youth, applied to Dickens for the post of illustrator; but Dickens finally chose Hablot Knight Browne [q. v.], who illustrated the fourth and all the subsequent numbers, as well as many of the later novels.
The success of ‘Pickwick’ soon became extraordinary. The binder prepared four hundred copies of the first number, and forty thousand of the fifteenth. The marked success began with the appearance of Sam Weller in the fifth number. Sam Weller is in fact the incarnation of the qualities to which the success was due. Educated like his creator in the streets of London, he is the ideal cockney. His exuberant animal spirits, humorous shrewdness, and kindliness under a mask of broad farce, made him the favourite of all cockneys in and out of London, and took the gravest readers by storm. All that Dickens had learnt in his rough initiation into life, with a power of observation unequalled in its way, was poured out with boundless vivacity and prodigality of invention. The book, beginning as farce, became admirable comedy, and has caused more hearty and harmless laughter than any book in the Language. If Dickens’s later works surpassed ‘Pickwick’ in some ways, ‘Pickwick’ shows, in their highest development, the qualities in which he most surpassed other writers. Sam Weller’s peculiar trick of speech has been traced with probability to Samuel Vale, a popular comic actor, who in 1822 performed Simon Spatterdash in a farce called ‘The Boarding House,’ and gave currency to a similar phraseology (Notes and Queries, 6th ser. V. 388; and Origin of Sam Weller, with a facsimile of a contemporary piratical imitation of ‘Pickwick,’ 1883).
Dickens was now a prize for which publishers might contend. In the next few years he undertook a great deal of work, with confidence natural to a buoyant temperament, encouraged by unprecedented success, and achieved new triumphs without permitting himself to fall into slovenly composition. Each new book was at least as carefully written as its predecessor. ‘Pickwick’ appeared from April 1836 to November 1837.
‘Oliver Twist’ began, while ‘Pickwick’ was still proceeding, in January 1837, and ran till March 1839. ‘Nicholas Nickleby’ overlapped ‘Oliver Twist,’ beginning in April 1838 and ending in October 1839. In February 1838 Dickens went to Yorkshire to look at the schools caricatured in Dotheboys Hall (for the original of Dotheboys Hall see Notes and Queries, 4th ser. vi. 245, and 5th ser. iii. 325). A short pause followed. Dickens had thought of a series of papers, more or less on the model of the old ‘Spectator,’ in which there was to be a club, including the Wellers, varied essays satirical and descriptive, and occasional stories. The essays were to appear weekly, and for the whole he finally selected the title ‘Master Humphrey’s Clock.’ The plan was carried out with modifications. It appeared at once that the stories were the popular part of the series; the club and the intercalated essay disappeared, and ‘Master Humphrey’s Clock’ resolved itself into the two stories, ‘The Old Curiosity Shop’ and ‘Barnaby Rudge.’ During 1840 and 1841 ‘Oliver Twist’ seems to have been at first less popular than its fellow-stories; but ‘Nicholas Nickleby’ surpassed even ‘Pickwick.’ Sydney Smith on reading it confessed that Dickens had ‘conquered him,’ though he had ‘stood out as long as he could.’ ‘Master Humphrey’s Clock’ began with a sale of seventy thousand copies, which declined when there was no indication of a continuous story, but afterwards revived. The ‘Old Curiosity Shop,’ as republished, made an extraordinary success. ‘Barnaby Rudge’ has apparently never been equally popular.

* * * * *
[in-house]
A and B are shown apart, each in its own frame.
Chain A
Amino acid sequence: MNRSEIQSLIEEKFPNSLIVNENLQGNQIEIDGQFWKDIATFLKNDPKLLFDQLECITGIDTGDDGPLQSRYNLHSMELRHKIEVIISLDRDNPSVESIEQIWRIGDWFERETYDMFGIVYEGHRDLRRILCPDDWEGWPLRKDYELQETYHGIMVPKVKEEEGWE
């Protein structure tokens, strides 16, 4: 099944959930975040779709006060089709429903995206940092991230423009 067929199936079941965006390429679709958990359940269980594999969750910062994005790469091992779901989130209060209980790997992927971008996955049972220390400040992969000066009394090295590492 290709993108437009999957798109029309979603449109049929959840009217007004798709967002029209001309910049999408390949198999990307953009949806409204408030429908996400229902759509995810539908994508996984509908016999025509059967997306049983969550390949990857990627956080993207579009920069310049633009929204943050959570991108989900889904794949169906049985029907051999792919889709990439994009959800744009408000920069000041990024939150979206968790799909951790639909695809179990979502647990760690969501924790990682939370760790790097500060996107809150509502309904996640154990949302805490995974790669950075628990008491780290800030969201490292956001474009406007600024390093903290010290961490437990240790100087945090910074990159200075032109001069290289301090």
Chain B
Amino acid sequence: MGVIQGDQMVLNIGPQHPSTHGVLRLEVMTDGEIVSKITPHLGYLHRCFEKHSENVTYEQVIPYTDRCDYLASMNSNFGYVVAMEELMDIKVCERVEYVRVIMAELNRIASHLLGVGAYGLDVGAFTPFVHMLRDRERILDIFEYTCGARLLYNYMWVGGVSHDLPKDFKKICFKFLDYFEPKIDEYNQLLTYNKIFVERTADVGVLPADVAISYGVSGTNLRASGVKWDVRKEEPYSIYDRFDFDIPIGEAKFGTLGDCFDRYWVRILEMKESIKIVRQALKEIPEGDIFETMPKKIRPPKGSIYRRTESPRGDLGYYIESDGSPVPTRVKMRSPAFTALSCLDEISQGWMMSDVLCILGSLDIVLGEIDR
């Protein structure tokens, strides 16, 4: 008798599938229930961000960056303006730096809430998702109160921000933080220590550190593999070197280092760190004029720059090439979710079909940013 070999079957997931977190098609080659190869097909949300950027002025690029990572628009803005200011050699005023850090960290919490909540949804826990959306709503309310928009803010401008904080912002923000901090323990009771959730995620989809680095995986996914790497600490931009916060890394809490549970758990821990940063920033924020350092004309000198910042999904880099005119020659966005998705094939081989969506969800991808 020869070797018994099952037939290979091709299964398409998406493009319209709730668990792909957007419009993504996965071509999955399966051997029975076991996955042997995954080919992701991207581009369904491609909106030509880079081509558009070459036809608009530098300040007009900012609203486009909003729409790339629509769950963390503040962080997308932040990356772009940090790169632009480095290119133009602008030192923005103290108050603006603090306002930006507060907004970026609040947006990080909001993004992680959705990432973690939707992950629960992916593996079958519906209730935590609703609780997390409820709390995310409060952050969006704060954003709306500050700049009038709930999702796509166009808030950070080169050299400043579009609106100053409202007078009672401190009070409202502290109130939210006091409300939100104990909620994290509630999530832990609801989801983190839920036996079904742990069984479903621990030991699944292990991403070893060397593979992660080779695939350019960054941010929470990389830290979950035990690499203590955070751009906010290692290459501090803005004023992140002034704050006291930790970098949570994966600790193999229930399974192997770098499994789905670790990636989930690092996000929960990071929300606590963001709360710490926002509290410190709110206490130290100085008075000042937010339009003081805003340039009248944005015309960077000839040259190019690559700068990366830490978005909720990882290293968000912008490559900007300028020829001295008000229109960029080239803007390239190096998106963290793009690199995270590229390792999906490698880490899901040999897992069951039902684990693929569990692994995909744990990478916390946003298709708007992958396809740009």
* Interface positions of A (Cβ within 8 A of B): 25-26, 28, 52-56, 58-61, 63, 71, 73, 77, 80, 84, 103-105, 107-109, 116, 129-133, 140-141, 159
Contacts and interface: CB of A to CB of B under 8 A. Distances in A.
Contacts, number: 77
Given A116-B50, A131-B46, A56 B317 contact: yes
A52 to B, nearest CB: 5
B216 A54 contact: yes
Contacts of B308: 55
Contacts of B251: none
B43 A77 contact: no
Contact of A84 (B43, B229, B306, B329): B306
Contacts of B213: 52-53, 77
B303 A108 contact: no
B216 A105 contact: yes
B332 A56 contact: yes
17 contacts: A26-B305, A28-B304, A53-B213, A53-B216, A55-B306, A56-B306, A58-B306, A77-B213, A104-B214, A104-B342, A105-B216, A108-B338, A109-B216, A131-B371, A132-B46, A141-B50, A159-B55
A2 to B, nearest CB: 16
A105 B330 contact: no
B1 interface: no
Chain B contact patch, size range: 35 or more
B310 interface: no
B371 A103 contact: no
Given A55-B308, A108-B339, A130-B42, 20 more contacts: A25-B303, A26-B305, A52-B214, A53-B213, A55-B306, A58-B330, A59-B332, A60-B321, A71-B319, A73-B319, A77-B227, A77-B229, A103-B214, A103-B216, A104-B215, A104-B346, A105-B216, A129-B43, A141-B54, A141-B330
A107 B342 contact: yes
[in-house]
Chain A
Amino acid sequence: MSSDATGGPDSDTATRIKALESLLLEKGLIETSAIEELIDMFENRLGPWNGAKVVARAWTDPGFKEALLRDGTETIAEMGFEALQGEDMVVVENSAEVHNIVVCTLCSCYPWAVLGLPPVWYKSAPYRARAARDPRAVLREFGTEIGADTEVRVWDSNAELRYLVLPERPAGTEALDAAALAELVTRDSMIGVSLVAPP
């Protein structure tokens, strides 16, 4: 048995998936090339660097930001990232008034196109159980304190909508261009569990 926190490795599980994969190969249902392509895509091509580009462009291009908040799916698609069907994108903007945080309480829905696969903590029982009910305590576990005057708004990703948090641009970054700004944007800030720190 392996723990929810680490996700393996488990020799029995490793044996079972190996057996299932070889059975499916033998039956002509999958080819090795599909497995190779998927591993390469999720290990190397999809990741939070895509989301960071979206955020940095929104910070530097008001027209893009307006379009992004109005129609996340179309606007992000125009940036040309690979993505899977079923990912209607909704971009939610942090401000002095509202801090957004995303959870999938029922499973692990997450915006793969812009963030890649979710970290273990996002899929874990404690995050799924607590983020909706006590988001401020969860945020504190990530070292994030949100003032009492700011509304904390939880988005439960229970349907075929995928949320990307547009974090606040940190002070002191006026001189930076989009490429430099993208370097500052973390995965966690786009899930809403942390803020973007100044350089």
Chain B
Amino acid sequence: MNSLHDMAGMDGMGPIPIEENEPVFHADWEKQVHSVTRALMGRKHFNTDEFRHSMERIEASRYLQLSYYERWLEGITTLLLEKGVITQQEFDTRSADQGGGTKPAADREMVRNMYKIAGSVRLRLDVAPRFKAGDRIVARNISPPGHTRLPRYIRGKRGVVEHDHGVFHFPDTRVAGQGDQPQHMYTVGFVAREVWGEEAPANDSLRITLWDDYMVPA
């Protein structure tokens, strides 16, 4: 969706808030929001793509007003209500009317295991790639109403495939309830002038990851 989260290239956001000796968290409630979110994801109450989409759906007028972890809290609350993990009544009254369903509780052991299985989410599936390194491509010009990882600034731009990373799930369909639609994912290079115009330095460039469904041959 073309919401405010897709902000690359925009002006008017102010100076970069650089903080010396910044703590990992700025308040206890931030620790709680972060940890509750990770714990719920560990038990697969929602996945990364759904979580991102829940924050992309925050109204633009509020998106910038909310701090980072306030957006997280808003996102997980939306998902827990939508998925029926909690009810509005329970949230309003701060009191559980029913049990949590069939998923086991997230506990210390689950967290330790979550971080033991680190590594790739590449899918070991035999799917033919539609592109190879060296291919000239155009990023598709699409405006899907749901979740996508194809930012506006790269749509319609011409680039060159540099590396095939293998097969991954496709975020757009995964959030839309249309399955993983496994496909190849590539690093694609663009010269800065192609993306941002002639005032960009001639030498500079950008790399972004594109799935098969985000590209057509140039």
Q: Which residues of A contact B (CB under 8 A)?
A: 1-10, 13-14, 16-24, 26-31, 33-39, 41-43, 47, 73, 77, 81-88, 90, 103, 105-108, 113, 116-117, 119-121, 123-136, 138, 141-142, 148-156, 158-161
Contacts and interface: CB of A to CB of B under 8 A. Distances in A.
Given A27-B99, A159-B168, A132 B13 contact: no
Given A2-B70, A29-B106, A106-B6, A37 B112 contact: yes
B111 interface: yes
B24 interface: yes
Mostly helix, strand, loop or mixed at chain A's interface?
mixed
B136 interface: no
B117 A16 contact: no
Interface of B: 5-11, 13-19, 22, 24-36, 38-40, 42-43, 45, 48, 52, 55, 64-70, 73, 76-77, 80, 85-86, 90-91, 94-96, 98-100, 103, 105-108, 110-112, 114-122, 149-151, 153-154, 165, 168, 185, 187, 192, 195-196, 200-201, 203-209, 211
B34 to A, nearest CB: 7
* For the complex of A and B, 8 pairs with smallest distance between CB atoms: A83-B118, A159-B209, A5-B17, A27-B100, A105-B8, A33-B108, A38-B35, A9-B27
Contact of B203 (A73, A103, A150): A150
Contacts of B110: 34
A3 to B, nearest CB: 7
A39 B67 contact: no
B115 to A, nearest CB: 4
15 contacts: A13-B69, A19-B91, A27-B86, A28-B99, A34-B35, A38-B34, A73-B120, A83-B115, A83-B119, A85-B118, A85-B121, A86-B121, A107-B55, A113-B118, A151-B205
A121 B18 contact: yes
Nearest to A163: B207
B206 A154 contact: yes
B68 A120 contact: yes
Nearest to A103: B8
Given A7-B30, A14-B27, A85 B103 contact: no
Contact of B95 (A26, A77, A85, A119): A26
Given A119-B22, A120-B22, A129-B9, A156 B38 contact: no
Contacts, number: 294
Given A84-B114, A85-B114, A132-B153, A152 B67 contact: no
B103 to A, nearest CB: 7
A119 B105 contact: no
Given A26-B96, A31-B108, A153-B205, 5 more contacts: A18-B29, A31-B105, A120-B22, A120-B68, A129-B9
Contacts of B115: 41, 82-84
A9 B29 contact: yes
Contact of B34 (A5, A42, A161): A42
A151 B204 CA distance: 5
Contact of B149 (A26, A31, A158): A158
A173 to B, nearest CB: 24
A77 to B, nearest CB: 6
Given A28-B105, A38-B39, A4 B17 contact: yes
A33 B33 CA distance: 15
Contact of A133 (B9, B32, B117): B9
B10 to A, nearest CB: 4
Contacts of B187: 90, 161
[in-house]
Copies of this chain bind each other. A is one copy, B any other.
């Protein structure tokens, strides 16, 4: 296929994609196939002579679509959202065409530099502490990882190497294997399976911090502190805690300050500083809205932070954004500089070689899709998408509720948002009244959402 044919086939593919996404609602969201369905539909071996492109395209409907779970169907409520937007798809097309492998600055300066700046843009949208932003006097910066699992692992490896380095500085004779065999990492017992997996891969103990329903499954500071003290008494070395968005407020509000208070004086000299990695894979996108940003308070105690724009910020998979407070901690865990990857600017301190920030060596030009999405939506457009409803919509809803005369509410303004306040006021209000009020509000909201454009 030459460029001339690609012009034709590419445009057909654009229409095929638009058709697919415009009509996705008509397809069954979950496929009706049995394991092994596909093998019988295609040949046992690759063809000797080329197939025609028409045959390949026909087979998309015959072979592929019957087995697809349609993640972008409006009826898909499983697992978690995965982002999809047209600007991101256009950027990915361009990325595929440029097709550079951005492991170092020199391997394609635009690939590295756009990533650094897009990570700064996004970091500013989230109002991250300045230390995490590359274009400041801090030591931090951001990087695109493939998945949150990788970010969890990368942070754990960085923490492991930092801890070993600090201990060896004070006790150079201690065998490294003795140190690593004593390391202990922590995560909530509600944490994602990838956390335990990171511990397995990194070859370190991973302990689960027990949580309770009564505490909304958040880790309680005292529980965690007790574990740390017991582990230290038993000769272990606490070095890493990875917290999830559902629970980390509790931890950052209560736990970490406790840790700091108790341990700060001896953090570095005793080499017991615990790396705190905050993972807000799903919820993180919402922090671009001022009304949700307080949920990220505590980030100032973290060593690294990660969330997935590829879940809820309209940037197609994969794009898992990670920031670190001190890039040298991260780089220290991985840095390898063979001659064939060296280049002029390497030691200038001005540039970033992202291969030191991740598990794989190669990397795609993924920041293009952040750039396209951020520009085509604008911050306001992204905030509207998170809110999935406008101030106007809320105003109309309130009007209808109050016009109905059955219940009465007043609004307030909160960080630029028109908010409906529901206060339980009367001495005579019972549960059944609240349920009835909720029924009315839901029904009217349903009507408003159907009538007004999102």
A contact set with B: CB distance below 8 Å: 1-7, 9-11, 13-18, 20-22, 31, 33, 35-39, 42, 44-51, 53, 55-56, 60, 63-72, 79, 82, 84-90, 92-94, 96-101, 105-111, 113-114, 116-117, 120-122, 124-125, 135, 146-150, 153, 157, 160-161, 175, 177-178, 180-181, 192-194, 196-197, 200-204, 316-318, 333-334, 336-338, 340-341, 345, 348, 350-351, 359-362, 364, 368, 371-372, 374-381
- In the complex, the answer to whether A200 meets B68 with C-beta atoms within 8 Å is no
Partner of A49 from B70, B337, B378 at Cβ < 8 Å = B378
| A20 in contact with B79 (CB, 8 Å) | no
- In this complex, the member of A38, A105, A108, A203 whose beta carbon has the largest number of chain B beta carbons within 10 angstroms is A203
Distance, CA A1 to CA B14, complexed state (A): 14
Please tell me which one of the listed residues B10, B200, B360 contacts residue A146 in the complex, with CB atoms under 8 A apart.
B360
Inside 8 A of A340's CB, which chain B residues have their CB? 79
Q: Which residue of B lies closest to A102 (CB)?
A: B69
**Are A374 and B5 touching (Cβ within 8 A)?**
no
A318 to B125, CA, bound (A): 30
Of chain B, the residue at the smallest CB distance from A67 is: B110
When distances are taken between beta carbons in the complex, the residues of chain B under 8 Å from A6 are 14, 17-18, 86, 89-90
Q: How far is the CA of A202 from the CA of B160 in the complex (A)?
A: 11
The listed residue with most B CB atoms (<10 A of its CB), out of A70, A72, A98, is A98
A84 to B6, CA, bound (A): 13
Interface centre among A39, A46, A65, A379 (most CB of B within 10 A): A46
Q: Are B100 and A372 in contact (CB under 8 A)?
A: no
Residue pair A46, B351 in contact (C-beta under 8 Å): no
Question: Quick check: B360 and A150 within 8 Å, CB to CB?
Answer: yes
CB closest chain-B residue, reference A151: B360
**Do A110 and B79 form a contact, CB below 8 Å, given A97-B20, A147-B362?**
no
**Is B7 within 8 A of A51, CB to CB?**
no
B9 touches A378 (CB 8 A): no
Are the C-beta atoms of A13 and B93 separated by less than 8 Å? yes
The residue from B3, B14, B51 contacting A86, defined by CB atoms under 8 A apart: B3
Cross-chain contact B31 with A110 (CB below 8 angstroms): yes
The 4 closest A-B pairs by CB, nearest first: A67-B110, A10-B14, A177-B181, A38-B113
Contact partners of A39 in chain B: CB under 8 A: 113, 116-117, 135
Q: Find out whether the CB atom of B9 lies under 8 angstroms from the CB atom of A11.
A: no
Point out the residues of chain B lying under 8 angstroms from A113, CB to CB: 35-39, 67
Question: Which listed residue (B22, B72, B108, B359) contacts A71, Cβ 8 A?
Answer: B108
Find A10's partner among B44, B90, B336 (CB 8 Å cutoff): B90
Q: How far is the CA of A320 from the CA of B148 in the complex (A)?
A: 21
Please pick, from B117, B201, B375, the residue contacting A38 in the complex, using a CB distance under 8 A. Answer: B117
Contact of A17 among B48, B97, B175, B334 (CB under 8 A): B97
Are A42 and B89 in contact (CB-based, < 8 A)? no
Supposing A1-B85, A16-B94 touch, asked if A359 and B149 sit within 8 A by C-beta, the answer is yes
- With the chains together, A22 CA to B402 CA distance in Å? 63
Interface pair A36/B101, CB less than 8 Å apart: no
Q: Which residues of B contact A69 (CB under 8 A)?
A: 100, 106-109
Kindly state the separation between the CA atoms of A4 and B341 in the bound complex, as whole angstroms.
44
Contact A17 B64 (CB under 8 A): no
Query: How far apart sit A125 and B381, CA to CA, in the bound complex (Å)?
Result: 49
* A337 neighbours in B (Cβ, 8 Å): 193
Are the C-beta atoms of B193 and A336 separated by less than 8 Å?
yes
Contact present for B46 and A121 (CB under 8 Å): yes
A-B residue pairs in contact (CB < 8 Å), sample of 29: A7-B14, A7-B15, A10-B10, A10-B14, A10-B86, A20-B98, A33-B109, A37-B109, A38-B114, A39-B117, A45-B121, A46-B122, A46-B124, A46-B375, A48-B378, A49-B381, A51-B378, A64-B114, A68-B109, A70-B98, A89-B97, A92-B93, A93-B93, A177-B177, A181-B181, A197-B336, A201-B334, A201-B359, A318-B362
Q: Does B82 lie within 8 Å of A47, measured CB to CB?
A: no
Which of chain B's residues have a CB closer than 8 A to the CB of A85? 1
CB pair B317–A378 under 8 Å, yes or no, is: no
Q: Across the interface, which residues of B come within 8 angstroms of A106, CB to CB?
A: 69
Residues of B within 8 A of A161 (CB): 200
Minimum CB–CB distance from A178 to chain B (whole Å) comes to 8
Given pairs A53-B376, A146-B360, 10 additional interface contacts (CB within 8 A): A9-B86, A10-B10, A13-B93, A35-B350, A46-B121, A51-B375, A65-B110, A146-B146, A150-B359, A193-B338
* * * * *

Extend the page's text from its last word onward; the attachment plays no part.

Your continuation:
The exuberant animal spirits, and the amazing fertility in creating comic types, which made the fortune of ‘Pickwick,’ were now combined with a more continuous story. The ridicule of ‘Bumbledom’ in ‘Oliver Twist,’ and of Yorkshire schools in ‘Nicholas Nickleby,’ showed the power of satirical portraiture already displayed in the prison scenes of ‘Pickwick.’ The humorist is not yet lost in the satirist, and the extravagance of the caricature is justified by its irresistible fun. Dickens was also showing the command of the pathetic which fascinated the ordinary reader. The critic is apt to complain that Dickens kills his children as if he liked it and makes his victims attitudinise before the footlights. Yet Landor, a severe critic, thought ‘Little Nell’ equal to any character in fiction, and Jeffrey, the despiser of sentimentalising declared that there had been nothing so good since Cordelia (Forster, i. 177, 226). Dickens had written with sincere feeling, and with thoughts of Mary Hogarth, his wife’s sister, whose death in 1837 had profoundly affected him, and forced him to suspend the publication of ‘Pickwick’ (no number was published in June 1837). When we take into account the command of the horrible shown by the murder in ‘Oliver Twist,’ and the unvarying vivacity and brilliance of style, the secret of Dickens’s hold upon his reader is tolerably clear. ‘Barnaby Rudge’ is remarkable as an attempt at the historical novel, repeated only in his ‘Tale of Two Cities;’ but Dickens takes little pains to give genuine local colour, and appears to have regarded the